Director: Lars von Trier
Writer: Lars von Trier
Stars: Björk, Catherine Deneuve, David Morse
PLOT: A girl from Czech moves to America with her young son to save themselves from going blind.
REVIEW: The movie is a courageous reminiscence of traditional cinema fundamentals- a cast consisting of heroines and villains, events that include noble sacrifices and incidents of devious betrayals. Selma, portrayed by Icelandic popstar Björk, is an unfortunate woman who is in perils of losing her eyesight as well as her son's for which she is in dire need of money. Her husband, who is a cop, deceives her which further puts her in a massive turmoil. The movie might seem too far-fetched and deliberately improbable, but that is exactly what it is not; it is deliberately trying to be implausible, making it seem like a soap opera. Most of the film is shot in a monotonous manner; however, the musical numbers have vivid colours, which are set in different settings such as a railroad bridge and a factory floor.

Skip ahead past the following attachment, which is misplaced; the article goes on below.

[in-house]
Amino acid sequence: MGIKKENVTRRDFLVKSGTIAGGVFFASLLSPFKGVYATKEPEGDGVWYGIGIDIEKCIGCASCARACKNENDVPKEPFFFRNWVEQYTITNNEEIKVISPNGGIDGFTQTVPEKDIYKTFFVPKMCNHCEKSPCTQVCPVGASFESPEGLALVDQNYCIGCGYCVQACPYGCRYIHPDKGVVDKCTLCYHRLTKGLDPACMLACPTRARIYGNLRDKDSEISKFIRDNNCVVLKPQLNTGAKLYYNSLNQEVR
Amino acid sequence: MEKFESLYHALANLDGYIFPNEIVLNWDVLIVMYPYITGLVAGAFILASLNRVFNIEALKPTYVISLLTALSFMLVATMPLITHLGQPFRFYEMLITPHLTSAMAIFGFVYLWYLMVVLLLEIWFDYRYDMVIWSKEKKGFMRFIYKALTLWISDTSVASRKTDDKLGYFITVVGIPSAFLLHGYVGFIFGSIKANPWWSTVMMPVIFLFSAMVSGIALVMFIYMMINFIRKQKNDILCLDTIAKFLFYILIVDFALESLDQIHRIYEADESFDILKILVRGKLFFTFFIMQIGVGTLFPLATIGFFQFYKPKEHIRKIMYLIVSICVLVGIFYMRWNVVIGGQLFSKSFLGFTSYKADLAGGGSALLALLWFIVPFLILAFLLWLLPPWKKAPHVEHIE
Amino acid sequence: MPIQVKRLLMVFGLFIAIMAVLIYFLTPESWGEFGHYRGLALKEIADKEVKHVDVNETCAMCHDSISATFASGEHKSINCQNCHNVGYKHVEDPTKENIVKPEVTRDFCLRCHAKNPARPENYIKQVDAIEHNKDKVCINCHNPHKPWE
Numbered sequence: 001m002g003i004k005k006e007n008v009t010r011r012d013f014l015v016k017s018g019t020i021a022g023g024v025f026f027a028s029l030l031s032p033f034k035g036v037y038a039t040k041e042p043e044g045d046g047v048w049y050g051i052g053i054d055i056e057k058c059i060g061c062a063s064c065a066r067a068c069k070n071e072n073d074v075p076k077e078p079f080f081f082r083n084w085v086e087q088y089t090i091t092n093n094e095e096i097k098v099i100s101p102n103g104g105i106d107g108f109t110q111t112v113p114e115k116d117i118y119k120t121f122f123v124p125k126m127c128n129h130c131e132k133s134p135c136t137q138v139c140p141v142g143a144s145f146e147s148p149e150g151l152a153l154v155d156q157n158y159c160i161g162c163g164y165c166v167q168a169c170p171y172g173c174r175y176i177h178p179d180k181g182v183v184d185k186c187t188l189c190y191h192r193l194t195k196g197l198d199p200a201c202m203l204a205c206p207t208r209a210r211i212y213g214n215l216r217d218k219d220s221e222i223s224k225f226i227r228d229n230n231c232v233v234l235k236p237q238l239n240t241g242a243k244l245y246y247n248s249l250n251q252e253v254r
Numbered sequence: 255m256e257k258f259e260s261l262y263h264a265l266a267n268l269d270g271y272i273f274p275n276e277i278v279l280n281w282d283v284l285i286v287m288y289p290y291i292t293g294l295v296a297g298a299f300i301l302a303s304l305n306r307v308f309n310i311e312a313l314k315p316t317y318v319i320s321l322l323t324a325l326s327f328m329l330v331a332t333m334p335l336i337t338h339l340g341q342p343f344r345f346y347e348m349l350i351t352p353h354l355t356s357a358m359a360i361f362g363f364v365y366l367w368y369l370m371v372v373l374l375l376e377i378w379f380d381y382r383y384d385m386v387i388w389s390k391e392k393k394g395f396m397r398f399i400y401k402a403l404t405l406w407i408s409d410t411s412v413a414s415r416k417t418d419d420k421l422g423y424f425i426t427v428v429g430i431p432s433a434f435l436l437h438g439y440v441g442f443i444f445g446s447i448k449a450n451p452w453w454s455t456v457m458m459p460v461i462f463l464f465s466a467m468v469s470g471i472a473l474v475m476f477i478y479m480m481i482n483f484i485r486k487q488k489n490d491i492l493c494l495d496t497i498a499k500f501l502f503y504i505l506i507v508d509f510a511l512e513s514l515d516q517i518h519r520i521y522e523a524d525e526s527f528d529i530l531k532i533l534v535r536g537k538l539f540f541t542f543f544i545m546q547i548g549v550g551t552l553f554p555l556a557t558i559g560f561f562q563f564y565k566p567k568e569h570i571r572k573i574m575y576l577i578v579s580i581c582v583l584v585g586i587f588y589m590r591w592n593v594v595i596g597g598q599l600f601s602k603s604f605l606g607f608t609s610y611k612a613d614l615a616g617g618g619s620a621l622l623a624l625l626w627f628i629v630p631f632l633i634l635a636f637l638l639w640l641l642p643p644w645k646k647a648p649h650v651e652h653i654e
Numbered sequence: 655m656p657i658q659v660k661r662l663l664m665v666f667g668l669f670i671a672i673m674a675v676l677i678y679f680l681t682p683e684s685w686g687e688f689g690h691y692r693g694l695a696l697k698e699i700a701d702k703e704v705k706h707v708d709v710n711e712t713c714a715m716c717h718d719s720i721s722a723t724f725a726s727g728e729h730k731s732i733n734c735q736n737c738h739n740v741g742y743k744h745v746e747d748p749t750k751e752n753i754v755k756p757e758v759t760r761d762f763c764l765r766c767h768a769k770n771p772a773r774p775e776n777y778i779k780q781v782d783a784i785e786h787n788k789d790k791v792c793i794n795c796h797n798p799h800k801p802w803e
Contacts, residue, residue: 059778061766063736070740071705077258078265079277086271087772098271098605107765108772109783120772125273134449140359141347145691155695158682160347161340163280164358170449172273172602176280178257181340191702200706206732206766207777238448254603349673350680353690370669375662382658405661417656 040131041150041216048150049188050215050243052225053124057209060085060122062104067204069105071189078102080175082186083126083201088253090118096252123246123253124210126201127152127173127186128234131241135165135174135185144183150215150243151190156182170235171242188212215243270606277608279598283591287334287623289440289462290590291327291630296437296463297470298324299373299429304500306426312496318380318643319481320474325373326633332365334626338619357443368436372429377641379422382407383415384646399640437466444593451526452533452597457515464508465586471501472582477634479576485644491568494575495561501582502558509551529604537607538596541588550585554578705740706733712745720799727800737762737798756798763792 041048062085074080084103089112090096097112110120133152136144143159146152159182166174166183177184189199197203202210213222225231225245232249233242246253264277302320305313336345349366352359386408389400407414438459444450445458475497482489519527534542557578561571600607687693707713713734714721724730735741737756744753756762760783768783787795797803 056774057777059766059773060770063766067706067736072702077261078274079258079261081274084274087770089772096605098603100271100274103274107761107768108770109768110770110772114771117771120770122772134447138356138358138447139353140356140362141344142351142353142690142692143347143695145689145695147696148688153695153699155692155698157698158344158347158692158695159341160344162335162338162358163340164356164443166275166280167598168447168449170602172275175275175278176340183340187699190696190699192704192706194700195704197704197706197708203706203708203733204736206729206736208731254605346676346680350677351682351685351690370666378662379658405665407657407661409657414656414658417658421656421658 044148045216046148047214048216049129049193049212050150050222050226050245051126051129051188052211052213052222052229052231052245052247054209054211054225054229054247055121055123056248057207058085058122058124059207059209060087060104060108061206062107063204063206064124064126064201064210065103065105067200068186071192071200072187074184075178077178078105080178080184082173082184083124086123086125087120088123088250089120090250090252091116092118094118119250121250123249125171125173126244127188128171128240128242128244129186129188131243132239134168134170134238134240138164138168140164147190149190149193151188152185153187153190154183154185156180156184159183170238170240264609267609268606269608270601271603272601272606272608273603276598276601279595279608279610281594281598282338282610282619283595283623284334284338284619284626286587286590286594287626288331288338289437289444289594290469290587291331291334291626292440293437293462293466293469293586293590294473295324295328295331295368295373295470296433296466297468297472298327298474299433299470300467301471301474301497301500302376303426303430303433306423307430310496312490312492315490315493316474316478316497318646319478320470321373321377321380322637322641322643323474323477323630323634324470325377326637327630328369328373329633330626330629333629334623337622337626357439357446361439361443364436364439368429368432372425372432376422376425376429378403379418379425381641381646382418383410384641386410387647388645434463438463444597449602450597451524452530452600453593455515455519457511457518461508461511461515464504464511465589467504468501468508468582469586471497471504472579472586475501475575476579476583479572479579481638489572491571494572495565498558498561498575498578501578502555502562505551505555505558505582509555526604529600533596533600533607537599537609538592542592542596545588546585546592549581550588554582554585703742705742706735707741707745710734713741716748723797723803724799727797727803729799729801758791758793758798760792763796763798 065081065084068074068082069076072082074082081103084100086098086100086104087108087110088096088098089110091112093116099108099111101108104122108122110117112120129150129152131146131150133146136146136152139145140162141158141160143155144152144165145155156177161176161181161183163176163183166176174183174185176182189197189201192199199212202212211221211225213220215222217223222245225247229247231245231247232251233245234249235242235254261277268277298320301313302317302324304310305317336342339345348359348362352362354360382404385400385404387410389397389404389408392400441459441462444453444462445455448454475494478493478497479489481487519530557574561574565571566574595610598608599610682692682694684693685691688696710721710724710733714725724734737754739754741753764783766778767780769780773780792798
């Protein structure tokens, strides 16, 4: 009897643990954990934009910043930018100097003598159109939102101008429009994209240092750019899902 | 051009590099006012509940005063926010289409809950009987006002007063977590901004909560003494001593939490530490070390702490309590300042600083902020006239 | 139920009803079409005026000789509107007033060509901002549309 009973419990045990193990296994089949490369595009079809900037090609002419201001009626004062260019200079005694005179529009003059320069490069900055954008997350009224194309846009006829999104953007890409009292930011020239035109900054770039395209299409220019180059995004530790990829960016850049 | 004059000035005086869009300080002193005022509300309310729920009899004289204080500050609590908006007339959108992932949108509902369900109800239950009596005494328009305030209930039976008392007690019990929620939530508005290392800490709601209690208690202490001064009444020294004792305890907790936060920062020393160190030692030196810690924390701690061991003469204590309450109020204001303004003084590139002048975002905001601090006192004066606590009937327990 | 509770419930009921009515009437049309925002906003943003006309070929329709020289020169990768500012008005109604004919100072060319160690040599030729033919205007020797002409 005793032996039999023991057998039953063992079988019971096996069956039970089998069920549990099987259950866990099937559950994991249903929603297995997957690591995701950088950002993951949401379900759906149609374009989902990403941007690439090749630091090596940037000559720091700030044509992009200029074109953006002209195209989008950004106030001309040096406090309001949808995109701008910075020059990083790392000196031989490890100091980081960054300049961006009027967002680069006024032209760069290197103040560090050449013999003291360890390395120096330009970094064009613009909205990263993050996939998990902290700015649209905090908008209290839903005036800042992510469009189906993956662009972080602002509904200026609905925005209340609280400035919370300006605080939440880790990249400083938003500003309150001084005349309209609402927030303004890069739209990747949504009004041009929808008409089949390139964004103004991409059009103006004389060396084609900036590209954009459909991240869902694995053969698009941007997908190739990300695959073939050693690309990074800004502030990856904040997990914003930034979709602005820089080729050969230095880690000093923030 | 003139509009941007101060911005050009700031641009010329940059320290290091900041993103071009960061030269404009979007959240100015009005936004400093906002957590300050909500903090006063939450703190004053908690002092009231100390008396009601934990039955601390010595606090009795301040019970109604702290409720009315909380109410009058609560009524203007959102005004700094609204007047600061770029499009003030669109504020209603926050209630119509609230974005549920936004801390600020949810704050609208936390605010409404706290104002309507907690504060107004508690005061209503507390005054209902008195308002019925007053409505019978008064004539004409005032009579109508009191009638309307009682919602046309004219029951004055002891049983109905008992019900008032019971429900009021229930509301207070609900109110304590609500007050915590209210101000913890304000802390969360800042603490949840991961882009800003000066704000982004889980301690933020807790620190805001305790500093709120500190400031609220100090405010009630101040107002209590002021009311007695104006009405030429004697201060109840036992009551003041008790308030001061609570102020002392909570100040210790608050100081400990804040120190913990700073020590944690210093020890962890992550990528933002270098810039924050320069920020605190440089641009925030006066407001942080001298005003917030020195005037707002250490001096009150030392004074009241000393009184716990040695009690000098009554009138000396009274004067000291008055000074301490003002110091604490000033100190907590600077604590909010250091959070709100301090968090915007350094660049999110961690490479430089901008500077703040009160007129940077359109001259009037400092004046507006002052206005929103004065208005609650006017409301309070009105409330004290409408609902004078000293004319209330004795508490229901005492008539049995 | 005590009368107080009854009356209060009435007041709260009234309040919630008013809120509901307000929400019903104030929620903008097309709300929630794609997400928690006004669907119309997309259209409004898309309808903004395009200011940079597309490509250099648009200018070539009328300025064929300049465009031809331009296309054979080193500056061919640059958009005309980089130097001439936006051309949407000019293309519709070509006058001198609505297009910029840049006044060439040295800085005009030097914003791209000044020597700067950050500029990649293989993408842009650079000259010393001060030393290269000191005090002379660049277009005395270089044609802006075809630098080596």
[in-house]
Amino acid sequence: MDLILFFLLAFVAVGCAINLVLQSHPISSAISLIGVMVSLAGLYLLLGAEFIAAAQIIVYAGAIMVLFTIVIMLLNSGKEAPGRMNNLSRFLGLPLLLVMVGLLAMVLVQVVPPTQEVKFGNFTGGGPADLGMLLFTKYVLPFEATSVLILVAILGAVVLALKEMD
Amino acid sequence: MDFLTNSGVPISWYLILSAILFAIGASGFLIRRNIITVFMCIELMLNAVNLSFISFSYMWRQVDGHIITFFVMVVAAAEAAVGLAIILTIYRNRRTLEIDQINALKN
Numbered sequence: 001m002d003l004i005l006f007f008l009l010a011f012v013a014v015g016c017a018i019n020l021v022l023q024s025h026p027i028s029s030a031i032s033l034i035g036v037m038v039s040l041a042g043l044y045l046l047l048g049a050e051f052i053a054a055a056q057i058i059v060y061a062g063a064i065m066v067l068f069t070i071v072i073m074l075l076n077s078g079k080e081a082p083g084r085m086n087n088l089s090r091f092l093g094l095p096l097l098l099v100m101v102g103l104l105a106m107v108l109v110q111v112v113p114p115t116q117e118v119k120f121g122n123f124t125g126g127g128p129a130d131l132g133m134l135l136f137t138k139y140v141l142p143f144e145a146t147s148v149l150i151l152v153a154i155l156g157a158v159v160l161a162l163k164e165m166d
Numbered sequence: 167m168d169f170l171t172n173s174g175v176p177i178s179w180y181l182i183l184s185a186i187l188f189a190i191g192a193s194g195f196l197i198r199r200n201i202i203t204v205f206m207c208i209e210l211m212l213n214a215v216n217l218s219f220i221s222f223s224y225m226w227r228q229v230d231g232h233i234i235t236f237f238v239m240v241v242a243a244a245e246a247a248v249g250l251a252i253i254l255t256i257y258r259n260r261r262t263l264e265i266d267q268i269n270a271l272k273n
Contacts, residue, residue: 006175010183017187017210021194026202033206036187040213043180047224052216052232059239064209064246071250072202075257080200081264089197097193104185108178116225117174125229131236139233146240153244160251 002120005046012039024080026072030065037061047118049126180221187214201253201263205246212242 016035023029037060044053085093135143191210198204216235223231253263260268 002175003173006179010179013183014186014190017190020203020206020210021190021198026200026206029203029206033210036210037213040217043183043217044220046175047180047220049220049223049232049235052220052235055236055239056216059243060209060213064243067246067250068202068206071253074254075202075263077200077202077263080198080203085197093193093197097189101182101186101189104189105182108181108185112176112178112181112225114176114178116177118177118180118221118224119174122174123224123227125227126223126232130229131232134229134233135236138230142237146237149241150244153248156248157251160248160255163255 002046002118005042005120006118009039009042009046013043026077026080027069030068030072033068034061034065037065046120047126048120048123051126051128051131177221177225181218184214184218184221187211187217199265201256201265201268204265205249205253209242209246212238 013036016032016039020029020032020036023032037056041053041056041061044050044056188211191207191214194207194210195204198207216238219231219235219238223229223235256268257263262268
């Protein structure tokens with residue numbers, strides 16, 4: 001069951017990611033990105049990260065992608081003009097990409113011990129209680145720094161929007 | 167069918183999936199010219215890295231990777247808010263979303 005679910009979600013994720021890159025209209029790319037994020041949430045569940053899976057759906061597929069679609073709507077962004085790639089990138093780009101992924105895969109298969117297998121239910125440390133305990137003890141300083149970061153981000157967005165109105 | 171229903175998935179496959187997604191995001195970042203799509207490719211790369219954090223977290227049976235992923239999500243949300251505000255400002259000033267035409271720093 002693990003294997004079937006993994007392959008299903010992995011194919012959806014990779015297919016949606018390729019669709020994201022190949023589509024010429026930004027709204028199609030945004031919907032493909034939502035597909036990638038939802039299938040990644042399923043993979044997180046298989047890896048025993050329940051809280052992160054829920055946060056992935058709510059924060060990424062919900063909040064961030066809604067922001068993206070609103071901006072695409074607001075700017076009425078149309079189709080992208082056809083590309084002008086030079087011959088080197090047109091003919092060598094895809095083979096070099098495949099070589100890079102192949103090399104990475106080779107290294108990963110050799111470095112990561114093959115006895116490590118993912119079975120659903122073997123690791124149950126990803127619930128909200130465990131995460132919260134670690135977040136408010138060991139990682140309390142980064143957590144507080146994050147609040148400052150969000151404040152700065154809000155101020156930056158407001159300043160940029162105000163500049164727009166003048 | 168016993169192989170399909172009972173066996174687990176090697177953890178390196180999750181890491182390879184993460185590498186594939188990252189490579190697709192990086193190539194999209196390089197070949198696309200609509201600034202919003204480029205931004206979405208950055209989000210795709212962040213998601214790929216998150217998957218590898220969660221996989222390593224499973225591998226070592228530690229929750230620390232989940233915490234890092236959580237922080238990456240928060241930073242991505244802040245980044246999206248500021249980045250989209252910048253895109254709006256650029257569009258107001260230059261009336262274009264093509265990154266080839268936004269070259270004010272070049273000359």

Dancer in the Dark” is quite unlike any other movie. The implausible storyline may seem unappealing initially, but subsequent sequences make it very clear that the film was made to break off the chains of habit that many movies surround themselves with.
Source: Roger Ebert